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Müller, G. B., and Newman, S. A., Eds.
Origination Of Organismal Form: Beyond The Gene In Developmental And Evolutionary Biology,
MIT Press, Cambridge, MA
ISBN 0262134195



1, Origination of Organismal Form: The Forgotten Cause In Evolutionary Theory, Gerd B. Müller and Stuart A. Newman
2, The Cambrian "Explosion" of Metazoans, Simon Conway Morris
3, Convergence and Homoplasy in the Evolution of Organismal Form, Pat Willmer
4, Homology: The Evolution of Morphological Organization, Gerd B. Müller
5, Only Details Determine, Roy J. Britten
6, The Reactive Genome, Scott F. Gilbert
7, Tissue Specificity: Structural Cues Allow Diverse Phenotypes from a Constant Genotype, Mina J. Bissell, I. Saira Mian, Derek Radisky, and Eva Turley
8, Genes, Cell Behavior, and the Evolution of Form, Ellen Larsen
9, Cell Adhesive Interactions and Tissue Self-Organization, Malcolm Steinberg
10, Gradients, Diffusion, and Genes in Pattern Formation, H. Frederik Nijhout
11, A Biochemical Oscillator Linked to Vertebrate Segmentation, Olivier Pourquié
12, Organization through Intra-Inter Dynamics, Kunihiko Kaneko
13, From Physics to Development: The Evolution of Morphogenetic Mechanisms, Stuart A. Newman
14, Phenotypic Plasticity and Evolution by Genetic Assimilation, Vidyanand Nanjundiah
15, Genetic and Epigenetic Factors in the Origin of the Tetrapod Limb, Günter P. Wagner and Chi-hua Chiu
16, Epigenesis and Evolution of Brains: From Embryonic Divisions to Functional Systems, Georg F. Striedter
17, Boundary Constraints for the Emergence of Form, Diego Rasskin-Gutman

Concepts concerning the evolution of biological form are undergoing ferment. The vast progress made in the last two decades in characterizing the genetic mechanisms involved in embryonic development has demonstrated unexpected degrees of functional redundancy in these processes and unanticipated discordances between conserved forms and conserved genes. At the same time, evolutionary studies have revealed the surprising extent of homoplasy and other forms of parallel morphological evolution in disparate lineages; they have found evidence of extensive morphological diversity much earlier in the evolution of multicellular life than previously thought. Finally, theoretical models have suggested that certain regimes of natural selection can lead to extensive "rewiring" of genetic circuitry with no overt change in organismal phenotype. These findings have raised new questions concerning the relationship between gene content and activity and the generation of biological form.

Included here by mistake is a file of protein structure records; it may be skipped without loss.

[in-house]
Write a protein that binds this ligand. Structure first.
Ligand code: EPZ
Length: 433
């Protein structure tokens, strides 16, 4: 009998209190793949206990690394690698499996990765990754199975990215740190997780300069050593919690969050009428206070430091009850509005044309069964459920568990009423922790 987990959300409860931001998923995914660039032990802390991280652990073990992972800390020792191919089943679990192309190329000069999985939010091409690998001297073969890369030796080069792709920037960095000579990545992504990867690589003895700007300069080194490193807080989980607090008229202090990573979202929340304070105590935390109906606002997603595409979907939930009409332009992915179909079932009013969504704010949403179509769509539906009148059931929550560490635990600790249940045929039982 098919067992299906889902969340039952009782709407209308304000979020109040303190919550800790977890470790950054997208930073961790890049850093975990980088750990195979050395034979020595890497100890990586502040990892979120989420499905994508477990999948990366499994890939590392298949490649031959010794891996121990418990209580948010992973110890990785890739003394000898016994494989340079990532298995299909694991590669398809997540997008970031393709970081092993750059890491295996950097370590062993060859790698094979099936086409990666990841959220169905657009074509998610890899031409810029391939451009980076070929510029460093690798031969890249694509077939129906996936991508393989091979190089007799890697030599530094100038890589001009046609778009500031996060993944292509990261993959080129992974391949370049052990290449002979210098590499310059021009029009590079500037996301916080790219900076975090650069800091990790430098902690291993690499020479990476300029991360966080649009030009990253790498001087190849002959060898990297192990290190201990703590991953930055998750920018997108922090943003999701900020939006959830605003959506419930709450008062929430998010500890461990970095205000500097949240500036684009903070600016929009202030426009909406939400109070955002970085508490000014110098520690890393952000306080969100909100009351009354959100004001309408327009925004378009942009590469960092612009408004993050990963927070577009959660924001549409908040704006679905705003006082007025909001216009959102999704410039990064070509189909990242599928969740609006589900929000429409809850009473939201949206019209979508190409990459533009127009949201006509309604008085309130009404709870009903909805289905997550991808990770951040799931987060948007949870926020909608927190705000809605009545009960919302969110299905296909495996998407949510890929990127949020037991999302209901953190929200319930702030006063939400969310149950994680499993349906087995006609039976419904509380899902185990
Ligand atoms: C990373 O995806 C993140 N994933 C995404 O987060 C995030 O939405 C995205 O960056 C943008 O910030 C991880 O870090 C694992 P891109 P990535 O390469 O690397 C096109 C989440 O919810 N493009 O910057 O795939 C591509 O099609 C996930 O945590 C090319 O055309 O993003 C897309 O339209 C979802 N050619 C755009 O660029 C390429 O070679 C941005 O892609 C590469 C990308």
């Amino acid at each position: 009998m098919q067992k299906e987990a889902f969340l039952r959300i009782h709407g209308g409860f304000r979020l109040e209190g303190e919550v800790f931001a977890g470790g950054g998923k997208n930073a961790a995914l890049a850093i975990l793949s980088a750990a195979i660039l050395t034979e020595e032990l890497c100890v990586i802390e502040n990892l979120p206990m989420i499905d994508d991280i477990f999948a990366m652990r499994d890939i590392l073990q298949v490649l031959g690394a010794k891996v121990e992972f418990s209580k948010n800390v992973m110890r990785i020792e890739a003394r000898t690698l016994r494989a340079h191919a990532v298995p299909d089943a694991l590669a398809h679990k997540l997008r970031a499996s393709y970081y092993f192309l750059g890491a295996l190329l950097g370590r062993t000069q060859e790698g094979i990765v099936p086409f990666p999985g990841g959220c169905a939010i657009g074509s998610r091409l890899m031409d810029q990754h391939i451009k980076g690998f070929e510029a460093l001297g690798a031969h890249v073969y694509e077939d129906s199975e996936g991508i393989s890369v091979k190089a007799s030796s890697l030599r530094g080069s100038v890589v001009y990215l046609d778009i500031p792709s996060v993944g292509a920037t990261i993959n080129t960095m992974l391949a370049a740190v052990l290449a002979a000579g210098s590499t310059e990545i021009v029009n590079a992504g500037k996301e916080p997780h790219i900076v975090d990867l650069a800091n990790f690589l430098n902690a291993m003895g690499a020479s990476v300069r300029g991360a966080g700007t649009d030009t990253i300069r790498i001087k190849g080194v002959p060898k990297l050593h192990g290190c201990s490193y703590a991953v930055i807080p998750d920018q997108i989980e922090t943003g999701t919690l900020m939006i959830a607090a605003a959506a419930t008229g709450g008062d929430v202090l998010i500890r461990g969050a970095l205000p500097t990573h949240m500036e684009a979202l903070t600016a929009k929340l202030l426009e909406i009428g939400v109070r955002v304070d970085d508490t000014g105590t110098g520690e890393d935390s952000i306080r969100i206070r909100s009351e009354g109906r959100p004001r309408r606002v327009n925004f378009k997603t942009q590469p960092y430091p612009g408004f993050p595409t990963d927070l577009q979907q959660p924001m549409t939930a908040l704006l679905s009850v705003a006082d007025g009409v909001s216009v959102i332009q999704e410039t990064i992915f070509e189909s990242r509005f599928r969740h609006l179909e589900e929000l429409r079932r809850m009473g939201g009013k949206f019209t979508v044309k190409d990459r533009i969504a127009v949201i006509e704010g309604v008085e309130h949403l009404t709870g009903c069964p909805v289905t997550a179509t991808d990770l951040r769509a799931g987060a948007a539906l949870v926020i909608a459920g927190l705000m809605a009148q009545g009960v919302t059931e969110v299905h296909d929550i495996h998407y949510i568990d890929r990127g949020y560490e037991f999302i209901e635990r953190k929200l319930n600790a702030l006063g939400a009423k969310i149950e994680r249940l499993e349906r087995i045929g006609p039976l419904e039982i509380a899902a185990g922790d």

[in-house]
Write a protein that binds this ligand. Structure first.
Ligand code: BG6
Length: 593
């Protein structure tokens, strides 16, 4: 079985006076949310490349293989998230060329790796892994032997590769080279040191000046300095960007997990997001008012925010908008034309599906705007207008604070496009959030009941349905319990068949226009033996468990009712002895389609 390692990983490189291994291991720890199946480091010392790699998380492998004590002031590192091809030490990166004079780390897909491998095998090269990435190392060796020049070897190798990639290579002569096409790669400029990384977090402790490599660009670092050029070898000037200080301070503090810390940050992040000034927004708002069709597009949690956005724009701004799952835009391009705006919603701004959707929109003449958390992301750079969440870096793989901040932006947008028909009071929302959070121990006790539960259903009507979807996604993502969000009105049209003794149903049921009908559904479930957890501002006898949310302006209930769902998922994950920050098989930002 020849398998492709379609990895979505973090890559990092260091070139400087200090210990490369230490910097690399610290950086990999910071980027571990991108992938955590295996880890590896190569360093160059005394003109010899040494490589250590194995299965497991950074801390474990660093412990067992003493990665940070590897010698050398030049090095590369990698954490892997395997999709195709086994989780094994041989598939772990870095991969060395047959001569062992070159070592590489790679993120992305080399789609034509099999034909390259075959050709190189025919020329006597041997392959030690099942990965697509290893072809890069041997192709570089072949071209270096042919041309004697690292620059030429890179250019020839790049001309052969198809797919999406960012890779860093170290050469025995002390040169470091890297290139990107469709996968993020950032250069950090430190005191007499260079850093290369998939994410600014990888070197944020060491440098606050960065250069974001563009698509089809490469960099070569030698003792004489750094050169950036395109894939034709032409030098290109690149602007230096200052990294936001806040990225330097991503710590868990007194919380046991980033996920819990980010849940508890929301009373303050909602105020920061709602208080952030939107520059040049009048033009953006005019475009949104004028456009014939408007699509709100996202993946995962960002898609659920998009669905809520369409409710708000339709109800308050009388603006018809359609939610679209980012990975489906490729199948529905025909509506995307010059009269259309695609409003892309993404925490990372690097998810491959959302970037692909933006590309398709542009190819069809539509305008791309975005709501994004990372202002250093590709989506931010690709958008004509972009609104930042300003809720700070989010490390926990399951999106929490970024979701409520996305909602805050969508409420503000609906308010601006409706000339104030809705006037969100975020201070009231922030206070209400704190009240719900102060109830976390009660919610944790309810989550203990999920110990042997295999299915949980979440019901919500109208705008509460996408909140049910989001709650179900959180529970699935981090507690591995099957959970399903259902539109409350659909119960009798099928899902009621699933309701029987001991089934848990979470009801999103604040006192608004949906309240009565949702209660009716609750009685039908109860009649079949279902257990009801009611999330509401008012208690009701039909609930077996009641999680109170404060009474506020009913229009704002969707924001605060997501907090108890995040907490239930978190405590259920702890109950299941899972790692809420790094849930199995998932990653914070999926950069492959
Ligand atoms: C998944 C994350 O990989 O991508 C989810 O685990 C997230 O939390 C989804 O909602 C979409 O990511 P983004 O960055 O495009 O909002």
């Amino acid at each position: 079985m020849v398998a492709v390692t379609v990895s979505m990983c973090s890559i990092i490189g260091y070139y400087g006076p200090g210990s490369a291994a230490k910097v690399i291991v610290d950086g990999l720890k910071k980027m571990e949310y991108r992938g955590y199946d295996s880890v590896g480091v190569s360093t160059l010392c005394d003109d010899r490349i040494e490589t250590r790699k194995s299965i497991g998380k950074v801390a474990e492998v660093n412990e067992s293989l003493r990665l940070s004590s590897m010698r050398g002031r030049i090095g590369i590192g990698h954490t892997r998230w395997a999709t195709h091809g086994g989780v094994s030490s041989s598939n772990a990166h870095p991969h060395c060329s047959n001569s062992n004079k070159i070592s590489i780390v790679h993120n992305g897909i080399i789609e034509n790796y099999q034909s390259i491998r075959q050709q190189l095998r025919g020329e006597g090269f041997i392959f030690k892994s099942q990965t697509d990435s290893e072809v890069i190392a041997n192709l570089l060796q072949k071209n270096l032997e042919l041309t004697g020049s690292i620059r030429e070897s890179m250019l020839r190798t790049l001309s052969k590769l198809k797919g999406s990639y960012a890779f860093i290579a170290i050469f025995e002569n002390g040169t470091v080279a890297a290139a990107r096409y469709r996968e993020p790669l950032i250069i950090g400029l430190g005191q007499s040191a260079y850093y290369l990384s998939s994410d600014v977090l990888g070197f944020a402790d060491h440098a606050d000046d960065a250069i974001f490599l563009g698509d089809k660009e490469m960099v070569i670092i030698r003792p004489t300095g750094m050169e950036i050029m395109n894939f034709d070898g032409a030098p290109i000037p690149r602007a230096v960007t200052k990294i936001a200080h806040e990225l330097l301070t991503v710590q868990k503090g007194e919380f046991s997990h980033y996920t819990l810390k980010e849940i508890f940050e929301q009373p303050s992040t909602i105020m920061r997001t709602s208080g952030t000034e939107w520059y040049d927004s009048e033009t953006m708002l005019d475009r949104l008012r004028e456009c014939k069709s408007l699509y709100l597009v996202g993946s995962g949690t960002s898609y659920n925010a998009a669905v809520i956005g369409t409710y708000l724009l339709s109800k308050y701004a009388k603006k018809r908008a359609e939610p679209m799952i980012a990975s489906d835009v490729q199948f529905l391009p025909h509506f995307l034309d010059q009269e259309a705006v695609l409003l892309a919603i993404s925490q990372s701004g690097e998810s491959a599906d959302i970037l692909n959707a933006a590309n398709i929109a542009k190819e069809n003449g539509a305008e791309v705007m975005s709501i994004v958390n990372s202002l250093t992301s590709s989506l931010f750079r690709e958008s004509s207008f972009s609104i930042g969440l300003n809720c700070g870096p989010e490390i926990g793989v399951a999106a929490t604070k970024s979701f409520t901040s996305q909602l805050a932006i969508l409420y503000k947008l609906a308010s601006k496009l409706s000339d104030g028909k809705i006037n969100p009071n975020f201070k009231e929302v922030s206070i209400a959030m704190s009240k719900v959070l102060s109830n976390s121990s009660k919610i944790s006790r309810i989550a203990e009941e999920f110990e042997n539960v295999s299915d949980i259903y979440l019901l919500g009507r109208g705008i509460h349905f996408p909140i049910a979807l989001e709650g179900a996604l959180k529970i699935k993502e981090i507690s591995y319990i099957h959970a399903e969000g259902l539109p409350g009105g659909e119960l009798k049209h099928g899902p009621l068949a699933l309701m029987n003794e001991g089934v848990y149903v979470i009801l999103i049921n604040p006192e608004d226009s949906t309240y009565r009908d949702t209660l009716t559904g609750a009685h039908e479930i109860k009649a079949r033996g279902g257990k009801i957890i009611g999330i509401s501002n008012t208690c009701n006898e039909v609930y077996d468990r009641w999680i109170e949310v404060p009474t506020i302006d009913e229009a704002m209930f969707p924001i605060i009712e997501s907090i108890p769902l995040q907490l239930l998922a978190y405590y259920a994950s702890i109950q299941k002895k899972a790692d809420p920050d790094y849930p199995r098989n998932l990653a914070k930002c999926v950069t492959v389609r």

The present volume is motivated by the conviction that the origination of morphological structures, body plans, and forms should be regarded as a problem distinct from that of the variation and diversification of such entities (the central theme of current neo-Darwinian theory) and that the generative determinants of organismal phenotype must be included in any productive account of the evolution of developmental systems and organismal form in our postgenomic era. It is an outgrowth of the 1999 Altenberg workshop in theoretical biology "The Origins of Organismal Form," organized by the Konrad Lorenz Institute for Evolution and Cognition Research (KLI). The workshop brought together scientists in fields ranging across paleontology, developmental biology, developmental and population genetics, cancer research, physics, and theoretical biology whose work has in various ways attempted to supply the missing generative element in standard accounts of the development and evolution of biological form. Despite the wide diversity of the participants' fields of research, three days of discussion only strengthened an initial sense that gene-level descriptions and analyses are just part of the story in development and evolution, that increased attention must be paid to the generative mechanisms, and that computational models will play an important role in the analysis and understanding of the properties and potentialities of generative systems, thus paving the way for formal integration into evolutionary theory.
We thank the staff of the KLI for their enthusiastic assistance in organizing the workshop. The institute's beautiful setting and a workshop format conducive to the exchange of ideas and controversial views combined to create a uniquely satisfying intellectual experience. As before, it was our great pleasure to work with MIT Press in preparing this volume, and we particularly thank Robert Prior for his continued support of the series.



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Developmental Biology
Published by Elsevier Science under Auspices of Society for Developmental Biology
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